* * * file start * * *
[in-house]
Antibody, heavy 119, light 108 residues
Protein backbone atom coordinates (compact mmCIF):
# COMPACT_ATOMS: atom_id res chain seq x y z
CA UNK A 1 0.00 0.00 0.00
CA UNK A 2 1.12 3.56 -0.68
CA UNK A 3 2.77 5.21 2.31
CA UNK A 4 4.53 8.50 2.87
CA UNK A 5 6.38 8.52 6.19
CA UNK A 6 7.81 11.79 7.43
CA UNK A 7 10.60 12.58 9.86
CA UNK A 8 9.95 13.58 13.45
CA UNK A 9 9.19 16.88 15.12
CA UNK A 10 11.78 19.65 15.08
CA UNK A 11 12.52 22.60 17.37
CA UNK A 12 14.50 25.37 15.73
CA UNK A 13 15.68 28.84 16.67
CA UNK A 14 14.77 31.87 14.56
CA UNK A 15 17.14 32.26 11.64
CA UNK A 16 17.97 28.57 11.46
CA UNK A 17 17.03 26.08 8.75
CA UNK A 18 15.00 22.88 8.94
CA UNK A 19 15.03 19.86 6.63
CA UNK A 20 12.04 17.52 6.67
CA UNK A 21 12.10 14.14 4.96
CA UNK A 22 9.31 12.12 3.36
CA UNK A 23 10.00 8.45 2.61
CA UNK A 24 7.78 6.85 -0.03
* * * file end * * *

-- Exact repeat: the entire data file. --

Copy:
[in-house]
Antibody, heavy 119, light 108 residues
Protein backbone atom coordinates (compact mmCIF):
# COMPACT_ATOMS: atom_id res chain seq x y z
CA UNK A 1 0.00 0.00 0.00
CA UNK A 2 1.12 3.56 -0.68
CA UNK A 3 2.77 5.21 2.31
CA UNK A 4 4.53 8.50 2.87
CA UNK A 5 6.38 8.52 6.19
CA UNK A 6 7.81 11.79 7.43
CA UNK A 7 10.60 12.58 9.86
CA UNK A 8 9.95 13.58 13.45
CA UNK A 9 9.19 16.88 15.12
CA UNK A 10 11.78 19.65 15.08
CA UNK A 11 12.52 22.60 17.37
CA UNK A 12 14.50 25.37 15.73
CA UNK A 13 15.68 28.84 16.67
CA UNK A 14 14.77 31.87 14.56
CA UNK A 15 17.14 32.26 11.64
CA UNK A 16 17.97 28.57 11.46
CA UNK A 17 17.03 26.08 8.75
CA UNK A 18 15.00 22.88 8.94
CA UNK A 19 15.03 19.86 6.63
CA UNK A 20 12.04 17.52 6.67
CA UNK A 21 12.10 14.14 4.96
CA UNK A 22 9.31 12.12 3.36
CA UNK A 23 10.00 8.45 2.61
CA UNK A 24 7.78 6.85 -0.03